You definitely are not only welcome but also deserve to be inside the mansion. Thank you, as always, for your words of appreciation. I take your comments as validation of my understanding. I am presenting on the subject, "from the individual to the divine" in our spiritual center this Sunday and this snippet is part of my speech.
     
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  4. Srama

    Srama Finest Post Winner

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    Dear V sir,

    I will be foolish if I said I understand this! That said, I am trying to understand and more questions arise.

    I always thought understanding self is the primary goal and when we start there, we can move up towards understanding parameshti. Do I have it backwards?

    does understanding of the above leads us to these below?

    How are these categorized into the different layers of chitta - manas, buddhi and ahamkara or do they interweave in all the three?

    There! :) for now anyways!
     
    Last edited: May 30, 2020
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  5. Viswamitra

    Viswamitra IL Hall of Fame

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    Dear Sabitha,

    Questions are the ones that make all of us inquire into understanding who we really are and that is also inherent to human beings.
    "Sankhya" ("that which explains a whole") philosophy in Chapter 2 of Bhagavad Gita explains this well. Swami Rama who has written a book called, "Perineal Psychology of Bhagavad Gita" states that in the Indian system of psychology, the student is led beyond mental life. Mind in its totality should be understood, but it is more important to be aware of the source of knowledge, the center of consciousness, Atman. Knowledge of Brahma Vidya is essential for learning the psychology of the East. If one studies only the conscious and unconscious part of the mind and analyzes only waking, dreaming, and sleeping states, he will be unable to comprehend the perineal psychology of Bhagavad Gita. If one attempts to understand the source of all knowledge, one can understand how the cosmos was created, what is the purpose of the society and what is the role of the individual in a society.

    Paramarthika, Vyavarthika and Parthibhasika are all part of the whole and manifestation of the same source. They are an inseparable part of the same whole. This understanding makes life's purpose explained.

    Boutika, Sujnanam and Atma Jnanam all reside in Chitta, explain the reactions of manas, refine the processes in buddhi, and create Ahamkara. Even Adi Shankara asked a Chandala to move away to give way for him and the Chandala asked, "Do you want me to move my body or soul?". Lord Shiva had to come in the form of a Chandala to remove the Ahamkara to provide mukhti to Adi Shankara.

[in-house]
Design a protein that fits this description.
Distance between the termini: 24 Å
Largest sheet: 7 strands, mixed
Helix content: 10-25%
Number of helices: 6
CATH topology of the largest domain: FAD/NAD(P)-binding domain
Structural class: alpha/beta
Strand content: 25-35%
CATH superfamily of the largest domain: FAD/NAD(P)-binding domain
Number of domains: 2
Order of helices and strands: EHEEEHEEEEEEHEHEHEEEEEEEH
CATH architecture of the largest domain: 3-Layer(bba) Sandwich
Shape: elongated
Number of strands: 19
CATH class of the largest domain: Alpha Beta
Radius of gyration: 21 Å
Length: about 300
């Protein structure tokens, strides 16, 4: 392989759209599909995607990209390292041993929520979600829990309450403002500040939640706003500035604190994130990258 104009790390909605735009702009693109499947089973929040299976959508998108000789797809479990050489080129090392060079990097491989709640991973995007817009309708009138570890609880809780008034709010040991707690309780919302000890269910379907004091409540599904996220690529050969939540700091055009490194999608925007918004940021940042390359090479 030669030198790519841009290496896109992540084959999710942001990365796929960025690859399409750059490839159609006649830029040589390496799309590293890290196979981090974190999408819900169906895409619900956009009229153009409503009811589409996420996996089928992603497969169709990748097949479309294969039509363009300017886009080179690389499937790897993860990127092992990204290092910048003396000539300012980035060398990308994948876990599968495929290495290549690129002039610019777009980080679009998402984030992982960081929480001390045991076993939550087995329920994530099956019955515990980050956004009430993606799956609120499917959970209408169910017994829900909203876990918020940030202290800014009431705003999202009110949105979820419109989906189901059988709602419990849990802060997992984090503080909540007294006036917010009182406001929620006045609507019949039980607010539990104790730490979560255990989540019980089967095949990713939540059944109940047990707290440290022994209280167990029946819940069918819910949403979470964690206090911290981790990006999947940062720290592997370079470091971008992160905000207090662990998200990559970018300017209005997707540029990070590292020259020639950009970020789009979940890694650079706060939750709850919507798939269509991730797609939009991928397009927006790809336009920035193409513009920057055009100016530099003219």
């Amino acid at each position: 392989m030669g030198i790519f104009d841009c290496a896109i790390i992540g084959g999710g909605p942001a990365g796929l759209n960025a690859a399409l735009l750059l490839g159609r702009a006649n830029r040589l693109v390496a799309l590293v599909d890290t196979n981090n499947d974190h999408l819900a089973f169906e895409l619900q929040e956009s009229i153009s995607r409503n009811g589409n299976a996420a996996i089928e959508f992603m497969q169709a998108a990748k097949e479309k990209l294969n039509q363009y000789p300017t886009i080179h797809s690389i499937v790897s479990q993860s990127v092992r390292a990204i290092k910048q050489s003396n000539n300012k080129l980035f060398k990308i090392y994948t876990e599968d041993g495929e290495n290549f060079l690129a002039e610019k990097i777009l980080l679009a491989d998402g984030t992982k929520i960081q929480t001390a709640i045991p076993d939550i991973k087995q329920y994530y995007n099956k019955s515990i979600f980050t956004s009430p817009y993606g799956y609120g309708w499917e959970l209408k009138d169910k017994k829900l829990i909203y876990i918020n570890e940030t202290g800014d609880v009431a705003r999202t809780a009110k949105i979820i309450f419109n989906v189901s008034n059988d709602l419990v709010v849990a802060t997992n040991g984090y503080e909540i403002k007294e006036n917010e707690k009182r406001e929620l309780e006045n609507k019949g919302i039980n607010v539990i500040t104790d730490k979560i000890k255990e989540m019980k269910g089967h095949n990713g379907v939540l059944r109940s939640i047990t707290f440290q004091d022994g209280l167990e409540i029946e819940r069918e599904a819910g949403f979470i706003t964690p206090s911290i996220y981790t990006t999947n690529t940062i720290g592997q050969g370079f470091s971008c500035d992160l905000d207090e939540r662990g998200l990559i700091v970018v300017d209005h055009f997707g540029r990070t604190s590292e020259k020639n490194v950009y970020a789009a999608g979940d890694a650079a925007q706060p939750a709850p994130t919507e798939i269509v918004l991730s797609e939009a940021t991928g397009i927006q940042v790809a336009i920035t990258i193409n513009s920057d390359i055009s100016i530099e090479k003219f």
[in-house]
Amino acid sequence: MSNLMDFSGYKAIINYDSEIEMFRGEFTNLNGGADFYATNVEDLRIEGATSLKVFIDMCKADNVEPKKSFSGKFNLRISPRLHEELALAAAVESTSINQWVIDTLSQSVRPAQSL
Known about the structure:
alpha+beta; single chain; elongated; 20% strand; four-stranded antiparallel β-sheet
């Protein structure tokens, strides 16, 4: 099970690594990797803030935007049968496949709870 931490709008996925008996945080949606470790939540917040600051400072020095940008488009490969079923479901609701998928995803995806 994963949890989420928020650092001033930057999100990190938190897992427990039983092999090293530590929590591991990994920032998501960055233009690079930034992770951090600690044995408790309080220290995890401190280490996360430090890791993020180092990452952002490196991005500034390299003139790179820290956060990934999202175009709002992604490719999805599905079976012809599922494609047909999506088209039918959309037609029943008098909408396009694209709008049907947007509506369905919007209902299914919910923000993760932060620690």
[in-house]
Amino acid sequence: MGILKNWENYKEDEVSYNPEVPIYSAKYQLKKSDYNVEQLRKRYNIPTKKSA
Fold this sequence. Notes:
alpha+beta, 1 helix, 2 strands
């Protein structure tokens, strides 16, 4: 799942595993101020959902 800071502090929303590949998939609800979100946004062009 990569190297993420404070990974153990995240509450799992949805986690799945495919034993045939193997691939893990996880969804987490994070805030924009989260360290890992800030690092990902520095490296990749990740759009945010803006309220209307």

I was under the impression that Agama, Upamana, Anumana and Pratyuksha are four methods of knowledge until Sri Sathya Sai Baba explained in "Prema Vahini" that all four methods are needed for self-realization. Agama is to understand the quality of Brahman, Upamana is to develop Christ-like qualities, Anumana is to still understand the gaps and reach them and finally Pratyuksha is the fruit of refining our qualities.
     
    Last edited: May 30, 2020
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  6. Thyagarajan

    Thyagarajan IL Hall of Fame

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    :hello:I endorse views of @jayasala as also of others. Is It metaphysics & beyond?
    2. I consider the subject is esoteric and reading few times it would be well nigh impossible to grasp but the essence you had impressively brought home.
    3. I recall the justbesatsang I just heard an hour ago. The discourse is in Tamil and perhaps would kindle your interest to view in u tube in the link


    Thanks and Regards.
     
  7. Viswamitra

    Viswamitra IL Hall of Fame

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    Dear Thyagarajan Sir,

    Thank you for your response and for sharing the video. Whatever I have presented is the teachings of many saints and the teachers who walked this planet, presented in my simple writing skills.
     
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  8. HariLakhera

    HariLakhera Finest Post Winner

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    Dear Viswa,
    Thanks for leading us back to understanding 'i'. The very fact that this subject has been at the forefront of our great thinkers from the very beginning of of human existence on this planet, is proof enough that the subject has been explained in different ways in as simple terms as possible. Yet, it has remained out of the reach of common souls.
    I follow Geeta and believe in Karma theory to the extent that we should do our duty and follow dharma, which is truth. No one but the individual alone can decide what is truth for himself. It is another matter if he or she follows it, but he or she knows the truth.
    I heartily appreciate your in depth understanding of the scripts.
     
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  9. Viswamitra

    Viswamitra IL Hall of Fame

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    Dear Hari Sir,

    Thank you for your feedback. You are right on target when you said almost every great thinkers have presented this topic in simple terms but yet remained elusive to our minds. I already knew you are inspired by Gita from many of your snippets. Disciplines of Dharma can only be told, no teacher forces it on the listeners and it is up to the listeners to practice dharma or not. Thank you for your kind words but I am still scratching the surface and I have so much to learn.

    Viswa